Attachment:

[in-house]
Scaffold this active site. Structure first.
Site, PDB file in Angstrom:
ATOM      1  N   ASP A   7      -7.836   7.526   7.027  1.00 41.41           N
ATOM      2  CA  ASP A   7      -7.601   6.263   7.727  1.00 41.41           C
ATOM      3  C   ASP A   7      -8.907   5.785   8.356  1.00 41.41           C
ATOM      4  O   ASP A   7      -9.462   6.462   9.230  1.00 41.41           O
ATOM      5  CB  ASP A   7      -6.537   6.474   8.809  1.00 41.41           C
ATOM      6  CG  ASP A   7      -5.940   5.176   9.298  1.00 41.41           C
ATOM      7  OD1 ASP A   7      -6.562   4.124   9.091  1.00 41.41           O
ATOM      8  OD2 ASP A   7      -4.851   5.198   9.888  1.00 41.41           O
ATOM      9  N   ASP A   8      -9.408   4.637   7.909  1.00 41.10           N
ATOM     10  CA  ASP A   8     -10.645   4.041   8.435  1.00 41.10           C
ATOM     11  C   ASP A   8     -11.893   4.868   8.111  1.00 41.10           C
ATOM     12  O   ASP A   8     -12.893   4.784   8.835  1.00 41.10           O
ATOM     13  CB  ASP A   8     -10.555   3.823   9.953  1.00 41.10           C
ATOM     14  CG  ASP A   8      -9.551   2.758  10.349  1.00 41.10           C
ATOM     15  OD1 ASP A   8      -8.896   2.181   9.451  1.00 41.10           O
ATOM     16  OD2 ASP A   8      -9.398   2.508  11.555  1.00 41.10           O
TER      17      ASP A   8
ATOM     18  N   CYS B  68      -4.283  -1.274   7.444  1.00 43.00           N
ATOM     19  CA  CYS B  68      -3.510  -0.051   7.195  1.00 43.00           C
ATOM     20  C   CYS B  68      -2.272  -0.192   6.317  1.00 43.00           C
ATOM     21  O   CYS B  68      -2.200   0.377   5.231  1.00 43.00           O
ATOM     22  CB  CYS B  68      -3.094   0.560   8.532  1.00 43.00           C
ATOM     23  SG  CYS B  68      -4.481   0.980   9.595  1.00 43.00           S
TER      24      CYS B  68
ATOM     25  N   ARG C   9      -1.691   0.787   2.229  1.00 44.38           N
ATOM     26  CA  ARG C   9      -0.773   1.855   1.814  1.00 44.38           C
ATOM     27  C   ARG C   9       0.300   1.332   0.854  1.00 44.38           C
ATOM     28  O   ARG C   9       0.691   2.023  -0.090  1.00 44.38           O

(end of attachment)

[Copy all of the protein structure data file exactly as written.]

[in-house]
Scaffold this active site. Structure first.
Site, PDB file in Angstrom:
ATOM      1  N   ASP A   7      -7.836   7.526   7.027  1.00 41.41           N
ATOM      2  CA  ASP A   7      -7.601   6.263   7.727  1.00 41.41           C
ATOM      3  C   ASP A   7      -8.907   5.785   8.356  1.00 41.41           C
ATOM      4  O   ASP A   7      -9.462   6.462   9.230  1.00 41.41           O
ATOM      5  CB  ASP A   7      -6.537   6.474   8.809  1.00 41.41           C
ATOM      6  CG  ASP A   7      -5.940   5.176   9.298  1.00 41.41           C
ATOM      7  OD1 ASP A   7      -6.562   4.124   9.091  1.00 41.41           O
ATOM      8  OD2 ASP A   7      -4.851   5.198   9.888  1.00 41.41           O
ATOM      9  N   ASP A   8      -9.408   4.637   7.909  1.00 41.10           N
ATOM     10  CA  ASP A   8     -10.645   4.041   8.435  1.00 41.10           C
ATOM     11  C   ASP A   8     -11.893   4.868   8.111  1.00 41.10           C
ATOM     12  O   ASP A   8     -12.893   4.784   8.835  1.00 41.10           O
ATOM     13  CB  ASP A   8     -10.555   3.823   9.953  1.00 41.10           C
ATOM     14  CG  ASP A   8      -9.551   2.758  10.349  1.00 41.10           C
ATOM     15  OD1 ASP A   8      -8.896   2.181   9.451  1.00 41.10           O
ATOM     16  OD2 ASP A   8      -9.398   2.508  11.555  1.00 41.10           O
TER      17      ASP A   8
ATOM     18  N   CYS B  68      -4.283  -1.274   7.444  1.00 43.00           N
ATOM     19  CA  CYS B  68      -3.510  -0.051   7.195  1.00 43.00           C
ATOM     20  C   CYS B  68      -2.272  -0.192   6.317  1.00 43.00           C
ATOM     21  O   CYS B  68      -2.200   0.377   5.231  1.00 43.00           O
ATOM     22  CB  CYS B  68      -3.094   0.560   8.532  1.00 43.00           C
ATOM     23  SG  CYS B  68      -4.481   0.980   9.595  1.00 43.00           S
TER      24      CYS B  68
ATOM     25  N   ARG C   9      -1.691   0.787   2.229  1.00 44.38           N
ATOM     26  CA  ARG C   9      -0.773   1.855   1.814  1.00 44.38           C
ATOM     27  C   ARG C   9       0.300   1.332   0.854  1.00 44.38           C
ATOM     28  O   ARG C   9       0.691   2.023  -0.090  1.00 44.38           O